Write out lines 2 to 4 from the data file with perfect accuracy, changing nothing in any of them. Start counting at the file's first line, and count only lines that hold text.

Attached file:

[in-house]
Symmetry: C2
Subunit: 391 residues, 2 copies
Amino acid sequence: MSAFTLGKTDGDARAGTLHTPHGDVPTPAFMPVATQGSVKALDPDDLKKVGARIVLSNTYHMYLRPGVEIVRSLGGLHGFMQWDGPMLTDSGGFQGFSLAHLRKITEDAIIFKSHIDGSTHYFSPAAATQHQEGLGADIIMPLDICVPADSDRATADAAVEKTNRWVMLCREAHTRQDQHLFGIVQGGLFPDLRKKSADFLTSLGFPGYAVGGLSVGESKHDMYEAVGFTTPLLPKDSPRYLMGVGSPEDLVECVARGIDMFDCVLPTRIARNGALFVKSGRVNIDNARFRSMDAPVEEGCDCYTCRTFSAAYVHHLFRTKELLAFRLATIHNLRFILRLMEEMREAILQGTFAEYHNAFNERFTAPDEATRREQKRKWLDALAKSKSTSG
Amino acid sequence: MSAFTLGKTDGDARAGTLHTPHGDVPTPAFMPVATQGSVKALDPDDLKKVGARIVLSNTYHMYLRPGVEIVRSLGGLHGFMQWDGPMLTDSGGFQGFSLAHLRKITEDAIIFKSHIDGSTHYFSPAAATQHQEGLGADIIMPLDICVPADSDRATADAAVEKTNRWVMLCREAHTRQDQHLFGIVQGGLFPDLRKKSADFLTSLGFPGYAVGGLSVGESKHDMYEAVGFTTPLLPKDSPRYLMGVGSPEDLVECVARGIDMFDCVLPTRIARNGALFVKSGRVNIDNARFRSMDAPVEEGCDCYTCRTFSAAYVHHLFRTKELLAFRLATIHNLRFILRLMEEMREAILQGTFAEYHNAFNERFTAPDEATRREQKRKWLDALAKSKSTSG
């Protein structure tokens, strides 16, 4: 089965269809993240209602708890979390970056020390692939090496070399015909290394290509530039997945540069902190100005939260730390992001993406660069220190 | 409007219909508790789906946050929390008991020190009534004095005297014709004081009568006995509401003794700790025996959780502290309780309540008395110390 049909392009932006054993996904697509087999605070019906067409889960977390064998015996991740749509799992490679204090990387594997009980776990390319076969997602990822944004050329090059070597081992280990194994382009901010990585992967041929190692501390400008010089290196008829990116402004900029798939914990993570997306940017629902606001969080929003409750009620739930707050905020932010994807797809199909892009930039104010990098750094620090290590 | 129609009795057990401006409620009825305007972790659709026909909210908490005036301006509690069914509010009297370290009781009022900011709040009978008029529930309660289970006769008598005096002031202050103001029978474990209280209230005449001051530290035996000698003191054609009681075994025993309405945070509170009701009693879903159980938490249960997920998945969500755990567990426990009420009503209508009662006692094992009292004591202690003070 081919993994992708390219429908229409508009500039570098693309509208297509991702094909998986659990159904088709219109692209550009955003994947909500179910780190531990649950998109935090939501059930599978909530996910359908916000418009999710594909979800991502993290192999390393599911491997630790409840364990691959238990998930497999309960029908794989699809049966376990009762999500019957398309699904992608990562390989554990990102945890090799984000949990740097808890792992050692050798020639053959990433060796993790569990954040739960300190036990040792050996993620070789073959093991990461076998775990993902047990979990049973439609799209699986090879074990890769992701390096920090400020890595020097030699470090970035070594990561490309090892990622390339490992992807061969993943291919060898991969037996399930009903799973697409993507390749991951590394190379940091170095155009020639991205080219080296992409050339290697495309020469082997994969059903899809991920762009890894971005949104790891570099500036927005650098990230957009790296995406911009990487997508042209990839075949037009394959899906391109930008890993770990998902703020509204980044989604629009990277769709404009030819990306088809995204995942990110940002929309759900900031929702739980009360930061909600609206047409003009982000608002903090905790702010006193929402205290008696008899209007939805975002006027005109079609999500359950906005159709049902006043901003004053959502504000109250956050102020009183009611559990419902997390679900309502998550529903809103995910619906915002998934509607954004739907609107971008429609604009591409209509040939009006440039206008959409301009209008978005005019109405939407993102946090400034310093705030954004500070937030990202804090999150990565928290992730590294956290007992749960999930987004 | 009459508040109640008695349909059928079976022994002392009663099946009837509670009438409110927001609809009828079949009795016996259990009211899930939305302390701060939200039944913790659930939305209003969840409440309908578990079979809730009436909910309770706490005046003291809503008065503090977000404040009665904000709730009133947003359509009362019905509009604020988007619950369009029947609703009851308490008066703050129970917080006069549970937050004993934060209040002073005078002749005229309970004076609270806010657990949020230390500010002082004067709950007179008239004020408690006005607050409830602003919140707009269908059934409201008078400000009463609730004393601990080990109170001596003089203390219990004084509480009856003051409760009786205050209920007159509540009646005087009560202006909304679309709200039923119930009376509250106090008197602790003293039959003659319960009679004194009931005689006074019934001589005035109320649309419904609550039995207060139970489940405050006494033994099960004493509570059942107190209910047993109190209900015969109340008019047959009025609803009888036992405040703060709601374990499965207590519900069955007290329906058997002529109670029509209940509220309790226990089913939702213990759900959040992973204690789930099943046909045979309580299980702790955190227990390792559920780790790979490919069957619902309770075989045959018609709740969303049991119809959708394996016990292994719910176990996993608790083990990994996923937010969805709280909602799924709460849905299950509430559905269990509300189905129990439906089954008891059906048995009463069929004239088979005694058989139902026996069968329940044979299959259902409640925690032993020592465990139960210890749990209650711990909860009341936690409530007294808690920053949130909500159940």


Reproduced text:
Symmetry: C2
Subunit: 391 residues, 2 copies
Amino acid sequence: MSAFTLGKTDGDARAGTLHTPHGDVPTPAFMPVATQGSVKALDPDDLKKVGARIVLSNTYHMYLRPGVEIVRSLGGLHGFMQWDGPMLTDSGGFQGFSLAHLRKITEDAIIFKSHIDGSTHYFSPAAATQHQEGLGADIIMPLDICVPADSDRATADAAVEKTNRWVMLCREAHTRQDQHLFGIVQGGLFPDLRKKSADFLTSLGFPGYAVGGLSVGESKHDMYEAVGFTTPLLPKDSPRYLMGVGSPEDLVECVARGIDMFDCVLPTRIARNGALFVKSGRVNIDNARFRSMDAPVEEGCDCYTCRTFSAAYVHHLFRTKELLAFRLATIHNLRFILRLMEEMREAILQGTFAEYHNAFNERFTAPDEATRREQKRKWLDALAKSKSTSG